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Awaara (1951)

1:06 | Trailer
Raju lives as a derelict as a result of being estranged from his bitter father, a district judge, who threw Raju's mother out of the house years ago. Raju shacks up with a Dacoit (... See full summary »


Raj Kapoor


Khwaja Ahmad Abbas (dialogue) (as K.A. Abbas), Khwaja Ahmad Abbas (screenplay) (as K.A. Abbas) | 2 more credits »
1 nomination. See more awards »



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Cast overview, first billed only:
Raj Kapoor ... Raj Raghunath
Nargis ... Rita
Prithviraj Kapoor ... Justice Raghunath (as Prithviraj)
K.N. Singh ... Jagga
Shashi Kapoor ... Young Raj (as Shashiraj)
Cuckoo Cuckoo ... Bar Dancer
B.M. Vyas ... Dubey (Rita's Father)
Leela Mishra ... Mr. Raghunath's Sister-In-Law (as Leela Misra)
Baby Zubeida ... Young Rita
Leela Chitnis ... Leela Raghunath
Honey O'Brien Honey O'Brien
Om Prakash Mehra Om Prakash Mehra ... (as Om Parkash)
Raju Raju ... (as Rajoo)
Mansaram Mansaram
Rajan Rajan


Raju lives as a derelict as a result of being estranged from his bitter father, a district judge, who threw Raju's mother out of the house years ago. Raju shacks up with a Dacoit (pickpocket bandit) as his surrogate father only to realize that the man is actually responsible for the original misunderstanding between his parents. Raju kills him, and then tries killing his father, but fails, is arrested, and is taken to court right before his very own father, who presides there as the Judge. Raju has his childhood girlfriend as his legal representative, and the onus is now on his father, who must pass judgment without showing any personal sentiment. Written by rAjOo (gunwanti@hotmail.com)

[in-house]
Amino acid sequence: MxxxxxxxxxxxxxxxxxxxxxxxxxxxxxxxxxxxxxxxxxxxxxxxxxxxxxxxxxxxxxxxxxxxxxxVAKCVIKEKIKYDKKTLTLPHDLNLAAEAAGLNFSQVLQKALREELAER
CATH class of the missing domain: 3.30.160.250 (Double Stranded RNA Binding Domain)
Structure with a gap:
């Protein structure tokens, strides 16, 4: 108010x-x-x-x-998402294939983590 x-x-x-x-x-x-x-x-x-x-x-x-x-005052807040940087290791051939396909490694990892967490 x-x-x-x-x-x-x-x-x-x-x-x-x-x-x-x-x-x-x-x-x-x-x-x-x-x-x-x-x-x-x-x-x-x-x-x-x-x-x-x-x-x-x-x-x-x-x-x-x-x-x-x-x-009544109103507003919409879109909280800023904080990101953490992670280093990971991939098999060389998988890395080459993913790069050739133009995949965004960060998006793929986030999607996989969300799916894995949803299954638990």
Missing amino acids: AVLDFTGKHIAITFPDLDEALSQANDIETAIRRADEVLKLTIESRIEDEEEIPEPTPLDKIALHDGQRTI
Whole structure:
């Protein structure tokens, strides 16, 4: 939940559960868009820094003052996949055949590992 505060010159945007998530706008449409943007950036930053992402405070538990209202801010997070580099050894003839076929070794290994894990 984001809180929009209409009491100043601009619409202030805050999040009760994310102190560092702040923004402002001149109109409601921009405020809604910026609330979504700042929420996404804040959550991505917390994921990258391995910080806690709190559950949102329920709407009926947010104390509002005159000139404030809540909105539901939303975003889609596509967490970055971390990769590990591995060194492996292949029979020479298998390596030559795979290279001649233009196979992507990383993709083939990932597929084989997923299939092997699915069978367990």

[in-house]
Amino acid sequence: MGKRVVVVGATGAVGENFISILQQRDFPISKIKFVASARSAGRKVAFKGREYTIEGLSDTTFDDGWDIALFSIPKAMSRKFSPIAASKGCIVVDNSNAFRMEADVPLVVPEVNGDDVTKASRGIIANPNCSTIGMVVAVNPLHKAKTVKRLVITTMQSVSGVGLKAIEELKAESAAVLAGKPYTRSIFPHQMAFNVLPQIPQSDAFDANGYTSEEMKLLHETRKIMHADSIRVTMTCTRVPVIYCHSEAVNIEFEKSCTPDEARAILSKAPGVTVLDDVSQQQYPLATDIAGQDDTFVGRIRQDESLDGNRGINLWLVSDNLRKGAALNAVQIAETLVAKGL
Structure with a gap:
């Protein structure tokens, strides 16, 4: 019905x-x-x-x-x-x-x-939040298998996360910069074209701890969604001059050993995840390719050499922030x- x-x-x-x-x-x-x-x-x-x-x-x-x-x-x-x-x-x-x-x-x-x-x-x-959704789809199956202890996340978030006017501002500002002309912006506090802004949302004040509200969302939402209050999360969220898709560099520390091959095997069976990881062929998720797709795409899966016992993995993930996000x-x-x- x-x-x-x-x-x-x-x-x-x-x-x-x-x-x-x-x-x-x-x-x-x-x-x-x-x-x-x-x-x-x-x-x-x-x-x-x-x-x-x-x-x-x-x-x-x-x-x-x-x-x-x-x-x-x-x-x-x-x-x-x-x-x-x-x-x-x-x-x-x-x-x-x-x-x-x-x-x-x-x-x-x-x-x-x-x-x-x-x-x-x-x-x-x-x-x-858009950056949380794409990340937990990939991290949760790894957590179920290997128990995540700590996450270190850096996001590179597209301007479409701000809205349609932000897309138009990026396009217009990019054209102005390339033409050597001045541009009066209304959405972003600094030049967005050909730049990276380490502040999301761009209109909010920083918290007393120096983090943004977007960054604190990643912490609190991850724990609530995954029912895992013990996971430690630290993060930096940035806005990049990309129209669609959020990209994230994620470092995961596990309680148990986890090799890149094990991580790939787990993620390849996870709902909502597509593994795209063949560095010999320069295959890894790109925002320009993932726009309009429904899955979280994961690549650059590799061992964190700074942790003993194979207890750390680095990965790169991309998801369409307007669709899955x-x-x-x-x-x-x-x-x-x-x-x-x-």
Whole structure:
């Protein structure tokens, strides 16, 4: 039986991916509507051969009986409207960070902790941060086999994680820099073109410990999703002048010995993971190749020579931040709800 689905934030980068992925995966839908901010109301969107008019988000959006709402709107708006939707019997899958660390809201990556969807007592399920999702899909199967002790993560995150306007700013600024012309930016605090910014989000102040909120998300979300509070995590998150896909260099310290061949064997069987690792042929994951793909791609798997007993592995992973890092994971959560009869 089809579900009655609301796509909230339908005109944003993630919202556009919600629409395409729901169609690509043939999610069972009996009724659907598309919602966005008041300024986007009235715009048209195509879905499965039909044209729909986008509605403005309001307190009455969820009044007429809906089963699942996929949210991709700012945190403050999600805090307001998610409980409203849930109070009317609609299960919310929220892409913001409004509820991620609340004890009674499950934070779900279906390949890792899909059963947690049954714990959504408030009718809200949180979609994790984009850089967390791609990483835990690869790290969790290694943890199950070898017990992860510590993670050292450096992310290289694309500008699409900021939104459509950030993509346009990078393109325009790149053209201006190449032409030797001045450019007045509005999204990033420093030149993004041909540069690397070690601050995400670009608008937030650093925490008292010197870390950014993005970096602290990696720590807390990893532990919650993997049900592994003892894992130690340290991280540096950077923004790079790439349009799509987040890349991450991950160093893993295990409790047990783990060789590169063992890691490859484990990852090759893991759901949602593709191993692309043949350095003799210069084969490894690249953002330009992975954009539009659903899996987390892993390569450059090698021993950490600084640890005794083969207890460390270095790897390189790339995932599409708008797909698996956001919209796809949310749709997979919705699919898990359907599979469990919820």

Plot Summary | Add Synopsis


Drama | Musical | Romance


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Release Date:

7 April 1956 (USA) See more »

Also Known As:

The Tramp See more »

Company Credits

Show more on IMDbPro »

Technical Specs


Sound Mix:

Mono (RCA Sound System)

Aspect Ratio:

1.37 : 1
See full technical specs »

Did You Know?


Raj Kapoor and. K.A.Abbas, worked toghether for many years, from starting of their carer to end for almost 30 years, from Awaara to Heena. See more »


Remade as Avare (1978) See more »


Awara Hoon
Sung by Mukesh
Music composed by Shankarsingh Raghuwanshi and Jaikishan Dayabhai Panchal (as Shankar-Jaikishan)
Lyrics by Shailendra
See more »

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User Reviews

The Secret of This Movie
7 October 2010 | by p_radulescuSee all my reviews

I saw it as a kid, sometime in 1957 or 1958. I was marveled and for a long time the movie remained in my heart. I was humming the Awaara Hum all the time, I was imagining myself as Raj, I was thinking at Rita. I started to consider myself a grown up: after all also Raj started in the movie as a kid and became a grown up. I knew now his songs, I knew so all I needed to be a grown up.